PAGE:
Scott: (Created with actual receipts) “Show me the receipts.” — Whitney Houston

John: “Hearts are wild creatures, that’s why our ribs are cages.”

RELATED: My Life in Ten Seconds: Designer Wes Gordon

What Costumes Won Big for Film and Television This Year? Inside the Costume Designers Guild Awards

One of the reasons we love our favorite films and television shows is the costuming—and the top designers were honored at the 16th annual Costume Designers Guild Awards over the weekend. Held at the Beverly Hilton Hotel in Los Angeles, California, stars like Kerry Washington, Tony Goldwyn, Olivia Munn, Mindy Kaling, and Kiernan Shipka came out to celebrate the event, which was hosted by Scandal‘s Joshua Malina. The Guild handed out competitive awards for costume design excellence in seven categories for film, television, and commercial work, with the costumers behind Blue Jasmine, 12 Years a Slave, The Hunger Games: Catching Fire, House of Cards, Downton Abbey, and Behind the Candelabra all taking home top honors.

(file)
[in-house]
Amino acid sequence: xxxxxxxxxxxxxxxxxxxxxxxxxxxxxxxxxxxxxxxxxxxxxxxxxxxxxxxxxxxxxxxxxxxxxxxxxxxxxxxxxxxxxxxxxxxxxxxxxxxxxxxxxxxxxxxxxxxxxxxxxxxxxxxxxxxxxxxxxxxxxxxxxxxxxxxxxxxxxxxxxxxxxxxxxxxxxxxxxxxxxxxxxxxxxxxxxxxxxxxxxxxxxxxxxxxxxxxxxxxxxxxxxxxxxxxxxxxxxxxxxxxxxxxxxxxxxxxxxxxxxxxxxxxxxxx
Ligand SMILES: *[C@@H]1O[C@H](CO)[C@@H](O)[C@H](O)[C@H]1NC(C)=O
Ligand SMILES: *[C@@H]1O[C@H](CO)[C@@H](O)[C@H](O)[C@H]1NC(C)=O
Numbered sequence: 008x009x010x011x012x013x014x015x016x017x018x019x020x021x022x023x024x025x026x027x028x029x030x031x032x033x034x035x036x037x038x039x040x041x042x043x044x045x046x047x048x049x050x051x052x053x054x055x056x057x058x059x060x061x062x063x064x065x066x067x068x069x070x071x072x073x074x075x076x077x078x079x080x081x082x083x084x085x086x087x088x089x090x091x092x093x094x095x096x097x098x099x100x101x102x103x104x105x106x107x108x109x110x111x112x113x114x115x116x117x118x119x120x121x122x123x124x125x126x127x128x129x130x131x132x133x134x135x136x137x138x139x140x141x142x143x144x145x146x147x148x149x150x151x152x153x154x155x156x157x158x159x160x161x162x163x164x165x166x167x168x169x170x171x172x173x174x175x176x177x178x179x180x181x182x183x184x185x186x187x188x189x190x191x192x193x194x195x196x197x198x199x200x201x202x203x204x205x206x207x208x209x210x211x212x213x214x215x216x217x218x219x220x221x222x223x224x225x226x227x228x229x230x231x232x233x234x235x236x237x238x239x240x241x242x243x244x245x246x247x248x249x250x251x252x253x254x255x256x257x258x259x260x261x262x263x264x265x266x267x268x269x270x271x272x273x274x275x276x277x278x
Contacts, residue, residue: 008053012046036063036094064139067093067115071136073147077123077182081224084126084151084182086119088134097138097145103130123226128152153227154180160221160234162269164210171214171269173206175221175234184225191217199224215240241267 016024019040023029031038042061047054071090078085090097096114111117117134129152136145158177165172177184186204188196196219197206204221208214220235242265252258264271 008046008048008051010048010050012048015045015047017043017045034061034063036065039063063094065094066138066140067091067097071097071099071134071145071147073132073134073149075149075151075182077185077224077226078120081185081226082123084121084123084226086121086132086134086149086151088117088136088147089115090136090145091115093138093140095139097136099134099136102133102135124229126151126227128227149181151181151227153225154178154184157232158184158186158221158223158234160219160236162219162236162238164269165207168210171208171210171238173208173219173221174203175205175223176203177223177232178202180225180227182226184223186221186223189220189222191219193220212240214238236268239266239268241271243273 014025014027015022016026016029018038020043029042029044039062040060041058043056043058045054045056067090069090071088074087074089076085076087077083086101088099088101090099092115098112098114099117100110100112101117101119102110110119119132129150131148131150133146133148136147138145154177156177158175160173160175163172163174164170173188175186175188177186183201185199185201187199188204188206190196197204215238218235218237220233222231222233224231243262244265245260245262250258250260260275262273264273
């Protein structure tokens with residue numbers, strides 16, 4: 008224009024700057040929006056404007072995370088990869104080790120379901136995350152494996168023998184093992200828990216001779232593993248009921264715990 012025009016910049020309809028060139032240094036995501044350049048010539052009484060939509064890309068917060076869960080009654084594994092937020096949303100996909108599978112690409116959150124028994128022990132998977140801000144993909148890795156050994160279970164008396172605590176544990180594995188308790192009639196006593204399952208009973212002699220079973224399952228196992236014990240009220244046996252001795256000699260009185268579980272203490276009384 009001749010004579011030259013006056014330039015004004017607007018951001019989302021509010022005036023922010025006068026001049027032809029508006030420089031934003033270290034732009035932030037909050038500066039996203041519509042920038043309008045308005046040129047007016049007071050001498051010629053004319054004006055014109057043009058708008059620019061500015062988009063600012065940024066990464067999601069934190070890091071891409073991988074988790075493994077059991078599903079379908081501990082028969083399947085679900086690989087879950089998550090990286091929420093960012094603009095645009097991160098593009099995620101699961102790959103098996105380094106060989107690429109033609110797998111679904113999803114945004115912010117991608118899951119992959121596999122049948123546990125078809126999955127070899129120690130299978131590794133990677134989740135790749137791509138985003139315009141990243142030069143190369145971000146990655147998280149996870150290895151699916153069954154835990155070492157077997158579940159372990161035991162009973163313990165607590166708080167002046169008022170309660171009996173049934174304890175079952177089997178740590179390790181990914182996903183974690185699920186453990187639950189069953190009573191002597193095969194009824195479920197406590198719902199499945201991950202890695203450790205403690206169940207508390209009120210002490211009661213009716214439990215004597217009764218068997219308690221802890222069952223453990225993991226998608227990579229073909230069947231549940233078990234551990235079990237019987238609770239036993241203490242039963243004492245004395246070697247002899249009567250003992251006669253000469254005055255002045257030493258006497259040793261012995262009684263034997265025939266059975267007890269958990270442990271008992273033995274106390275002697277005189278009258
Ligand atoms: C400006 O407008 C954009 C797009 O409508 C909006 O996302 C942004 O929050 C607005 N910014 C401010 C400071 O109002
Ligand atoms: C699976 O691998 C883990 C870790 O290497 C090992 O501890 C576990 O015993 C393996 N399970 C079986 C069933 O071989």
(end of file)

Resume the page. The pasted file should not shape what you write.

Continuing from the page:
This year, five-time Academy Award nominee Amy Adams was honored with the Lacoste Spotlight Award, which honors an actor whose talent and career personifies an enduring commitment to excellence, including a special awareness of the role and importance of costume design. ”I just had such an amazing privilege working with so many extraordinary costume designers and so many wonderful costume departments, and I’ve learned so much,” Adams says. ”[Costume designers] have taught me that clothing is a language, but that costume is an art… I am so, so lucky to work with amazing artists.”

Additionally, writer, producer, and director Judd Apatow was recognized with the Distinguished Collaborator Award for his support of costume design and creative partnerships with costume designers. “I feel like this is really more for all the costume designers that I’ve worked with over the years,” Apatow tells InStyle. “They really work with us to create these characters.” Congratulations to all the night’s big winners!

Want more photos from this week’s parties? Look through our gallery to see some of your favorite celebrities out and about town! 

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Reporting by Brianna Deutsch